“The ethics we learnt as journalists, it has all changed now. The ideals and the objectives of journalism have all but gone for a toss. The kind of journalism that is happening now is all about Hindu-Muslim. The ethics, ideals and objectives of journalism have been finished, as an anchor or a media house is now busy spreading religious fanaticism,” said Ravish.
The very idea of what journalism is for has changed as media houses toe the line of the government and expend all their resources against the opposition, which is already too weak of its own.
“This is not journalism in the classic sense. But if you look at it from the perspective of the society today, you’ll see that it considers this is what journalism is. The very idea of how journalists should function has changed,” he said.
Citizens have for the past eight years been subjected to propaganda from ‘Godi Media’ and ‘WhatsApp University’—terms Ravish uses to identify media institutions or social media messaging groups that are unapologetically close to the government.
Ravish seems to have coined ‘Godi Media’ rather uncannily to express how the Indian media under Modi has become a lapdog from a watchdog. ‘God [pronounced gowd] in Hindi means “lap.”
And the man from Champaran in Bihar, a state bordering Nepal, refuses to be part of what he also calls “Lutyens’ Media” which is understood as left-leaning and elitist.
Amid all that is going on in India, where television cacophony rules the roost, Ravish seems to be standing afar, trying to offer the real picture of India— stories that are untold, people who are unseen and politicians who are barely talked about.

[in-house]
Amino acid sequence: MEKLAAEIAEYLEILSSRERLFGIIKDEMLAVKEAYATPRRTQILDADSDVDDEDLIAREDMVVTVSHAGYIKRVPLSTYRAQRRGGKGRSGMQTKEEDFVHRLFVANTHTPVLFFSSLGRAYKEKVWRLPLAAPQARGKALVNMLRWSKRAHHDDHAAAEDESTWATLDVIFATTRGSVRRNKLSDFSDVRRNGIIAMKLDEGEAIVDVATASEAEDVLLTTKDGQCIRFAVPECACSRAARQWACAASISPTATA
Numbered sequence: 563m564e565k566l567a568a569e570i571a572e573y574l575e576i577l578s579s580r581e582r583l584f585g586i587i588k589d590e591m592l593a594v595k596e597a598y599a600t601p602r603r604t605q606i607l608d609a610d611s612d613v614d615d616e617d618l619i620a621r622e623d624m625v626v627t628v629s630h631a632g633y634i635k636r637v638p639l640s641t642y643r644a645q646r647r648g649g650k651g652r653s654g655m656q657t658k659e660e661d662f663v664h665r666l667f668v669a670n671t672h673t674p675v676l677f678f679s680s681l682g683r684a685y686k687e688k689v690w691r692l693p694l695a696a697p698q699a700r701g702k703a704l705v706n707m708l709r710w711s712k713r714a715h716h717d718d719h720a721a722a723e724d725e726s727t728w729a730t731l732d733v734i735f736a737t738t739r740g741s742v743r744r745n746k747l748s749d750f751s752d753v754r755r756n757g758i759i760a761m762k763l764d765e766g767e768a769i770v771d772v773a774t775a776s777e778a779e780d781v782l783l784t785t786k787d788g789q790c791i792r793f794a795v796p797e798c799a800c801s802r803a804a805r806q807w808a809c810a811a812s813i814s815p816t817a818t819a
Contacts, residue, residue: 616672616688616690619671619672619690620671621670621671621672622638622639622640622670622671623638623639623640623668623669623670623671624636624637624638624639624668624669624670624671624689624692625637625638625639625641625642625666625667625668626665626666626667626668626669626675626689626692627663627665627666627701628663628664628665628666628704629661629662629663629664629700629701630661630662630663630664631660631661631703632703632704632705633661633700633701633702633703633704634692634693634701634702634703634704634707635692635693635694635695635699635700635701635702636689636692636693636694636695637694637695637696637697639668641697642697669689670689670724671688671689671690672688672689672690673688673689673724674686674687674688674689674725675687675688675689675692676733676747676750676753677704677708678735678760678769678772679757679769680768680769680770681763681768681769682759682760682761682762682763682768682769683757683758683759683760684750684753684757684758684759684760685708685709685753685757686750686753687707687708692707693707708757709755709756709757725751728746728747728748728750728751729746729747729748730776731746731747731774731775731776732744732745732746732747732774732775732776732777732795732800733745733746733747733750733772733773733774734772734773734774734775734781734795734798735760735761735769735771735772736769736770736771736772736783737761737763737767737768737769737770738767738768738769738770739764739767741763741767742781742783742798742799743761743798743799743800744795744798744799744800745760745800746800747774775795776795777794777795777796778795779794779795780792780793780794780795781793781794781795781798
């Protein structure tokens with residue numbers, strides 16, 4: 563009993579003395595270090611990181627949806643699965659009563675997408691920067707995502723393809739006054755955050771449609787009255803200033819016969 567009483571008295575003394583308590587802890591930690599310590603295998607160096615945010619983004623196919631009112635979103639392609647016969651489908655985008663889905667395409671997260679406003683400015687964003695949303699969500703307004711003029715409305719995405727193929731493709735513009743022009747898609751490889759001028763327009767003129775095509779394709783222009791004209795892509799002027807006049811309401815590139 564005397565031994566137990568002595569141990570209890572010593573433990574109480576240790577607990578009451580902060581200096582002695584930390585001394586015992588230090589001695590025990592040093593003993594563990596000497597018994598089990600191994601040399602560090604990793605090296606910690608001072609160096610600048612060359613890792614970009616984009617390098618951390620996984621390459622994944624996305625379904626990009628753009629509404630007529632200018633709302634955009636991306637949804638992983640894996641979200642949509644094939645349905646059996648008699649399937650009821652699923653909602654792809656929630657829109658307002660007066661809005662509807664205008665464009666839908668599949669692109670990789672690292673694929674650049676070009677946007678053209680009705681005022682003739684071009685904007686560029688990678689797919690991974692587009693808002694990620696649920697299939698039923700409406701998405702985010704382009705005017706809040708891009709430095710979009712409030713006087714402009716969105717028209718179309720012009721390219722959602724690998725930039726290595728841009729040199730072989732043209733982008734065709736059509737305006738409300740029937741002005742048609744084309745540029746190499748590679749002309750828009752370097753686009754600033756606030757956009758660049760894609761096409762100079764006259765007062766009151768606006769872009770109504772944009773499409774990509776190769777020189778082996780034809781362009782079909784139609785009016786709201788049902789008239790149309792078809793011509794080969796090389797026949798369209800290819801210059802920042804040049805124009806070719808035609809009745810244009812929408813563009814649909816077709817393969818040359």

And, Ravish has a new name for the propagandist media houses–‘Hindu Media’.
“For weeks now, media houses have run debates on loudspeakers being used in mosques [for azaan]. From Godi Media, they have turned into Hindu Media. This is a golden period for this kind of media”.
Communalism has become a daily affair in India today. In a country full of unmatched religious and cultural diversity, fanatics inspired by Hindutva raid streets and homes looking for traces of food items or relationships they consider unpious. Just as questioning the government, eating beef or marrying outside of religion is a crime for the fanatics who seek to ‘protect’ a deeply problematic, homogenous idea of India. And the media has added fuel to the fire as television anchors spit venom against minorities, especially Dalits, Adivasis and Muslims, relaying the government’s narrative of “Hindu khatre mein hain”, or “Hindus are in danger”.
Ravish sounds overly pessimistic about the future of Indian journalism.
“In our society, journalism without information is increasingly being accepted as perception has become more important. There is nothing to do in this kind of journalism; you can just spit venom against people of other communities. This kind of journalism does not build a mature society.” This, however, is not a crisis of journalism only, says Ravish, adding, “It reflects a crisis in Indian society itself.”
Having worked in television for more than two decades, Ravish now famously asks his viewers not to watch television, an irony in itself that he works for a television channel.
Asked if he is contradicting himself while he himself uses television to earn bread and butter, Ravish quipped: “The viewers know which channels I’m imploring them not to watch.”
As Nepal prepares to go for a second iteration of local elections, Ravish has an advice for journalists.
“There cannot be a democracy with only one side. Democracy, rather, is a competition of ideas,” he said. “In India, the media has finished the spirit of opposition. Journalists should be careful that they do not have any competition outside of professional interest.”